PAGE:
Attended by roughly 35 teachers, studio owners, and pregnant yogis, the training taught us to skillfully integrate safe prenatal yoga postures into Bikram’s Beginning yoga class…and to safely practice the series as a stand-alone program.
We had a fabulous time learning, talking yoga, teaching and motherhood. For Heather and I especially, the trip provided a chance to reflect on the opening of our studio and to enjoy the nourishing food, breathtaking views and quiet vibe at Kripalu.
Rajashree led us through detailed discussions of each posture, its particular benefits and its associated precautionary measures. She taught the series to us several times, and we laughed as we were told to go slowly, take it easy, not to push too much. (Not exactly what we are accustomed to in our daily non-pregnant practice!) Occasionally, she would catch us slacking off and reprimand us gently.
Dr. Doreen Wiggins, founder of the Center for OB/GYN in Providence, Rhode Island co-led the training. Dr. Wiggins is the mother of five children, a serious athlete and a strong believer in the power of yoga. She lectured—in detail, system by system–on the physiology changes associated with pregnancy. Next, she discussed exercise and nutrition in pregnancy. She noted that the CDC/ACSM has increased its recommendations regarding exercise and suggested that pregnant women follows these guidelines, too, in the absence of medical or obstetric complications. Yoga can be particularly helpful. A regular practice improves sleep, reduces stress, improves relationships—and prepares women for the bond of motherhood. What’s more, a regular practice (before and during pregnancy) can shorten labor.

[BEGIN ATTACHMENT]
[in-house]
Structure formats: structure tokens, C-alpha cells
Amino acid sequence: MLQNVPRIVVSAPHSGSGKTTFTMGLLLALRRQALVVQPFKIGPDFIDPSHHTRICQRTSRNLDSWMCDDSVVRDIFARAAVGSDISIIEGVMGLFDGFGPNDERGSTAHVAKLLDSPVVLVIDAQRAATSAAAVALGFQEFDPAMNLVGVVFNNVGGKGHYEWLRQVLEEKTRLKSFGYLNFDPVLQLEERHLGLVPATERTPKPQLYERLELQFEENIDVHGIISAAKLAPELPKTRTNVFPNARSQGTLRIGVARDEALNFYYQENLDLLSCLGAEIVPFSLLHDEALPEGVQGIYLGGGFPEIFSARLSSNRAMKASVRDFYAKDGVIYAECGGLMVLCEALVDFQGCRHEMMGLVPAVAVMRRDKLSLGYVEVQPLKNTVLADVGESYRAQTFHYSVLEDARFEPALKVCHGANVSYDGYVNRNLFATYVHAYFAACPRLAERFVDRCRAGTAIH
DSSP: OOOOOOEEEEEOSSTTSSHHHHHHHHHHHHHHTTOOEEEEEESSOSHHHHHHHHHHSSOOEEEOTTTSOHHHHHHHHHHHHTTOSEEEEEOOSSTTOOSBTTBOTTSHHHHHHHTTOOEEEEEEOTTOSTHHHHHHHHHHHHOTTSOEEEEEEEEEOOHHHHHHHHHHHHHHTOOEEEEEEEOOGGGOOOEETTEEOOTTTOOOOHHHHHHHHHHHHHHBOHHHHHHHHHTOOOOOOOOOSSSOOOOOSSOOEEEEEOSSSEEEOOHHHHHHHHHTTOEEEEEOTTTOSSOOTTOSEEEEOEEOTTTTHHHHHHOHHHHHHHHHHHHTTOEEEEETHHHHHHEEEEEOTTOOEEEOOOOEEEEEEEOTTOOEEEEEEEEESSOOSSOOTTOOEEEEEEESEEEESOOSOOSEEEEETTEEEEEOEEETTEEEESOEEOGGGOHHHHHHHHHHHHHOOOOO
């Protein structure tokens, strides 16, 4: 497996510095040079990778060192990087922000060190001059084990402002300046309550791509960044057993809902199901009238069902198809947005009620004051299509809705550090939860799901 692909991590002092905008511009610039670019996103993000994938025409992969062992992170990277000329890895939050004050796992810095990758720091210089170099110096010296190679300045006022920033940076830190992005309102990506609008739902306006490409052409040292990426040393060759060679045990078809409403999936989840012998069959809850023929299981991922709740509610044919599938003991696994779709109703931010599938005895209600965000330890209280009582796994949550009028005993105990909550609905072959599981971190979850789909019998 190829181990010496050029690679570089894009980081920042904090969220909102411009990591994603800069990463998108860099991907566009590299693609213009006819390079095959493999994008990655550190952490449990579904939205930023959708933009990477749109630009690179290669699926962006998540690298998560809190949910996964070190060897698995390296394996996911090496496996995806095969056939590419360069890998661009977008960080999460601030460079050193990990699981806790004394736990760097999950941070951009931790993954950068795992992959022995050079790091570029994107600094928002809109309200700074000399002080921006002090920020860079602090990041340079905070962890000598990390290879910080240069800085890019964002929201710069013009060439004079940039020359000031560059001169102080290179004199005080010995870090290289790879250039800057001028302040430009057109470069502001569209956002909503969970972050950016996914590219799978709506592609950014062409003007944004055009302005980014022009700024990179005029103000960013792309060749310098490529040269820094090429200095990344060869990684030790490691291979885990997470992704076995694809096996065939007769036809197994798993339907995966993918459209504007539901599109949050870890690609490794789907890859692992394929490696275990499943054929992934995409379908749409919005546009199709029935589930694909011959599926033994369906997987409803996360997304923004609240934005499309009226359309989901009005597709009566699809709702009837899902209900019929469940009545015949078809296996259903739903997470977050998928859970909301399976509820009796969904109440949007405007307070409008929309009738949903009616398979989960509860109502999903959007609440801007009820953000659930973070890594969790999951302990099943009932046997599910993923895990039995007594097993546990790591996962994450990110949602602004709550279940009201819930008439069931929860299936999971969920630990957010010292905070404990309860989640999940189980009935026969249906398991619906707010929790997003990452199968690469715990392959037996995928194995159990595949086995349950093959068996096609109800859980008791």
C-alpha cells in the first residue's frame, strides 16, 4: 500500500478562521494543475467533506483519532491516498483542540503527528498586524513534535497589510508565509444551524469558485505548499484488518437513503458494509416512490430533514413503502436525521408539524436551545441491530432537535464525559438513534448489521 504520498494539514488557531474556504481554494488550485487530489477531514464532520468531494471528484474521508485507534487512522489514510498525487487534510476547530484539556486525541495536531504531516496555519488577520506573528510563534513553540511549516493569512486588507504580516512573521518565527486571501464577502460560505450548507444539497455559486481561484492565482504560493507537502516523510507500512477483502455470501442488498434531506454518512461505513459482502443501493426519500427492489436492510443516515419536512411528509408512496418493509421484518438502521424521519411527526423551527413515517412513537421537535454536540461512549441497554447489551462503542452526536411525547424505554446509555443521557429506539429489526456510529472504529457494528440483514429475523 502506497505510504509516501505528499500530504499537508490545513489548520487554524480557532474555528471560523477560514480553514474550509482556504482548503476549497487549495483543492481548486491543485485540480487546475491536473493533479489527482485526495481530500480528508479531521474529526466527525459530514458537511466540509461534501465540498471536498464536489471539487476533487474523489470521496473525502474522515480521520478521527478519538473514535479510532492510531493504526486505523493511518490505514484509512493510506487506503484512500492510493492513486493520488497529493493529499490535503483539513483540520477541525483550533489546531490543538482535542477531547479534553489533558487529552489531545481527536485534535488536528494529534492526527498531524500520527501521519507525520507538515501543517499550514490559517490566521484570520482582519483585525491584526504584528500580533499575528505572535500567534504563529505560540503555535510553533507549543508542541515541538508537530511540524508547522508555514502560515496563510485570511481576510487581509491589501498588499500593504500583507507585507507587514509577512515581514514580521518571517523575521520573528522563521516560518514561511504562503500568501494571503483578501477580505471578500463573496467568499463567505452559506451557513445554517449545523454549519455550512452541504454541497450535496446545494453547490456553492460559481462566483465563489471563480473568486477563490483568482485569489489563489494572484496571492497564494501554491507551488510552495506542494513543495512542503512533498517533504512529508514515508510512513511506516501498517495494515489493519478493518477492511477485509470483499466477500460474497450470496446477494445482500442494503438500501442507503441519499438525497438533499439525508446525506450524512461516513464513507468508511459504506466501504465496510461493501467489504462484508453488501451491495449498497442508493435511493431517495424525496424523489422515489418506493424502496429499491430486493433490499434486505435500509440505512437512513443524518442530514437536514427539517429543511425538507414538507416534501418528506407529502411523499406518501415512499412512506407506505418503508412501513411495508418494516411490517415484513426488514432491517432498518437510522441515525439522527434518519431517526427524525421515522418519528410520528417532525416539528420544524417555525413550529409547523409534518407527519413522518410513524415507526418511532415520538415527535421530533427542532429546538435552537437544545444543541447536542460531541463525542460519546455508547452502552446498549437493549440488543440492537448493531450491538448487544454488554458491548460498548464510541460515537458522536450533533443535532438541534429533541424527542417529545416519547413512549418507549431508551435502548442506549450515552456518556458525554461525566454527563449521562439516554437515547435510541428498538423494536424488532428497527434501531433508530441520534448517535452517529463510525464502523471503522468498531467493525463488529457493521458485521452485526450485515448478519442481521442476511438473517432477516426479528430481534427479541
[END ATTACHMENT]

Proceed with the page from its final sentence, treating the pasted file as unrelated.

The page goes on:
The day after we completed our Pregnancy Yoga training, BYCF practitioner Christie Green turned up at the studio. Six months pregnant, Christie has been practicing for more than five years. Her practice began in Manchester, New Hampshire, where she grew up and attended college. Green continues to practice here in Chadds Ford, where she is building her photography business.
“My first class was jam packed, with only two inches between the mats. I thought I was going to die. But I went back.” Green loves working out, and as she practices she has begun to see the other benefits. Standing Bow is Christie’s favorite pose. She doesn’t particularly like Rabbit pose, so it’s nice that it’s not part of the pregnancy series. She loves the hip openers (such as the straddle splits) that are part of the pregnancy floor series. Christie feels physically strong, and backing off has been challenging for her. Due in January, Christie plans to practice up to two or three times a week during her pregnancy.
She practices near the door, where the temperature is a bit cooler. Green—and all pregnant women—are encouraged to be gentle with themselves, to take breaks, drink water and to leave the room if they feel uncomfortable. Formal doctor’s permission for yoga is required.
Rajashree Choudhury started her yoga training at the urging of her parents at age four. She was a five-time winner of the All-India Yoga Championship from 1979 to 1983. After studying at Mahila Yoga Byam Kendra, Gosh’s College of Physical Education and Yoga Training Institute, she received her Certification in Hatha Yoga Therapy for chronic diseases and disorders. With over 15 years in the East and 25 years in the West, Rajashree’s special focus has been on the emotional side of yoga and how yoga balances the energy of the human body and impacts not only disease, but also affects the body/mind/soul connection which constitutes vibrant health.
Rajashree has helped her husband create the Bikram yoga movement, connecting in particular with the many mothers in our community. Rajashree had two very different pregnancies and used her yoga practice to navigate the challenges of motherhood, before, during and after her pregnancies. She also helped her husband create the highly successful Teacher Training program after more than ten years of teaching yoga in the United States.